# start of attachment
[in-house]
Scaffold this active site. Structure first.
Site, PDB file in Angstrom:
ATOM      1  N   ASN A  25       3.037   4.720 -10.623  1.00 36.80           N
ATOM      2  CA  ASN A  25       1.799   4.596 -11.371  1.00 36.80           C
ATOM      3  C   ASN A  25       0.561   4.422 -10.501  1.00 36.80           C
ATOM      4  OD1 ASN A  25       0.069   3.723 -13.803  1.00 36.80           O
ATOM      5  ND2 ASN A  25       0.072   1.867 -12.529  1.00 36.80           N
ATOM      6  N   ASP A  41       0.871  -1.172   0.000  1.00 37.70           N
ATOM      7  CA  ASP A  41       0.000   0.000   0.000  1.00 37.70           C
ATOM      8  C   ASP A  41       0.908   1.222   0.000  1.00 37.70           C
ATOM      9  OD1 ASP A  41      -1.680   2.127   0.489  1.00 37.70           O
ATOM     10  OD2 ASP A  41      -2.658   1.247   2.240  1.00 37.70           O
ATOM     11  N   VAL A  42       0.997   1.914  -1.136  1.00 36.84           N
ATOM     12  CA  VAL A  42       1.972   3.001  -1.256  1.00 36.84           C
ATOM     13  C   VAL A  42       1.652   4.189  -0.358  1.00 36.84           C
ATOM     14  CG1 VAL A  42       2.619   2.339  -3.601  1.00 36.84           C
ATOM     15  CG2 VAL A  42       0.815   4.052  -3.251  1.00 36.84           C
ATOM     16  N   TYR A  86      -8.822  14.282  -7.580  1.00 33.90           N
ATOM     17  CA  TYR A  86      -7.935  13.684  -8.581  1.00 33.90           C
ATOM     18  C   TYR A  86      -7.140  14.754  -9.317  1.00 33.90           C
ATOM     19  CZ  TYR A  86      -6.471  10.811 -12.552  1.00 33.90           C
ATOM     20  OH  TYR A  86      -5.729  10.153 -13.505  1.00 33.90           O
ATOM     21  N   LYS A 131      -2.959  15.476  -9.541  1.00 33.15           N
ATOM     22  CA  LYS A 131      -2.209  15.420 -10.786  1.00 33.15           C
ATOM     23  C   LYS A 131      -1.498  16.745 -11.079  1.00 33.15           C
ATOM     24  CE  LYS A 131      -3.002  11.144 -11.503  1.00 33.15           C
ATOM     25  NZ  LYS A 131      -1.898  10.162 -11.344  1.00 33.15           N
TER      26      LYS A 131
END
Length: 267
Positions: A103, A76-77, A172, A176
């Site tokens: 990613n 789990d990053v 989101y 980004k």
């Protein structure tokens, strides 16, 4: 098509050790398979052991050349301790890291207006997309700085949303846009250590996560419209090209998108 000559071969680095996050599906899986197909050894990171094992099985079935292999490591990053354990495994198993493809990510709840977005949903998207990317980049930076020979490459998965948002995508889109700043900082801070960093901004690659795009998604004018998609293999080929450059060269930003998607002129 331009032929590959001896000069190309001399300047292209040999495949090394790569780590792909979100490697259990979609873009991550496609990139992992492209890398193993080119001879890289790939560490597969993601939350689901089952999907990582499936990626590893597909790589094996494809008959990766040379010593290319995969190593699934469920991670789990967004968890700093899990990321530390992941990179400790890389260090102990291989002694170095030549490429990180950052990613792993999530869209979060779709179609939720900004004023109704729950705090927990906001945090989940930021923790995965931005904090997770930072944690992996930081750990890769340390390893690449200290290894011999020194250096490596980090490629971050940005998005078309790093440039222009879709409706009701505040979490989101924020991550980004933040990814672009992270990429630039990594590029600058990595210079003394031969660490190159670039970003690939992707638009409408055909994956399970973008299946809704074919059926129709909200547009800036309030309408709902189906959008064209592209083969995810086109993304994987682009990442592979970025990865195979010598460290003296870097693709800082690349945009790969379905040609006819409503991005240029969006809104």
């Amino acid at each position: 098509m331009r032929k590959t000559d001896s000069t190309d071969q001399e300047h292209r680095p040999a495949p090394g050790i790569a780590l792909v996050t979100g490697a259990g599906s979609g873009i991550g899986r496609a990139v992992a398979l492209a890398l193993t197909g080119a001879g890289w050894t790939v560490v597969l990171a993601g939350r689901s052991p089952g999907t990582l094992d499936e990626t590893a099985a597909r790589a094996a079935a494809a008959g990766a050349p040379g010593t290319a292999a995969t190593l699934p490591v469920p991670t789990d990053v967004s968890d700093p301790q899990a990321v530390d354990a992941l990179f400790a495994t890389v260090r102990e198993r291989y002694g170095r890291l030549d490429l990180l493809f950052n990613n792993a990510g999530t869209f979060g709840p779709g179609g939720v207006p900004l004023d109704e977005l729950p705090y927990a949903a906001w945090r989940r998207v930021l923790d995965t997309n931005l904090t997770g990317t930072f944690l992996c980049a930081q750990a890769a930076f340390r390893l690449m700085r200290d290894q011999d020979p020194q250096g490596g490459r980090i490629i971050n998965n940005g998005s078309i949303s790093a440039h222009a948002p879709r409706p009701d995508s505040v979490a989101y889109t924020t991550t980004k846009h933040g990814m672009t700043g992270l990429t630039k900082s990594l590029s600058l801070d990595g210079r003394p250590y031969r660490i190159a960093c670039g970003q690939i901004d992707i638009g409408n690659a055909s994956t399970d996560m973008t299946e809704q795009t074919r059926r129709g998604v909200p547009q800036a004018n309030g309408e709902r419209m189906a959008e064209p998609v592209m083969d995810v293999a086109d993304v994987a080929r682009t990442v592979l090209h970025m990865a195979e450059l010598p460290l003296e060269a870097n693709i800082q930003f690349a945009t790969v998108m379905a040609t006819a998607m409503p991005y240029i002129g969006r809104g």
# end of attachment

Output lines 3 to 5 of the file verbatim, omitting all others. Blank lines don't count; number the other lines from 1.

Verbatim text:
Site, PDB file in Angstrom:
ATOM      1  N   ASN A  25       3.037   4.720 -10.623  1.00 36.80           N
ATOM      2  CA  ASN A  25       1.799   4.596 -11.371  1.00 36.80           C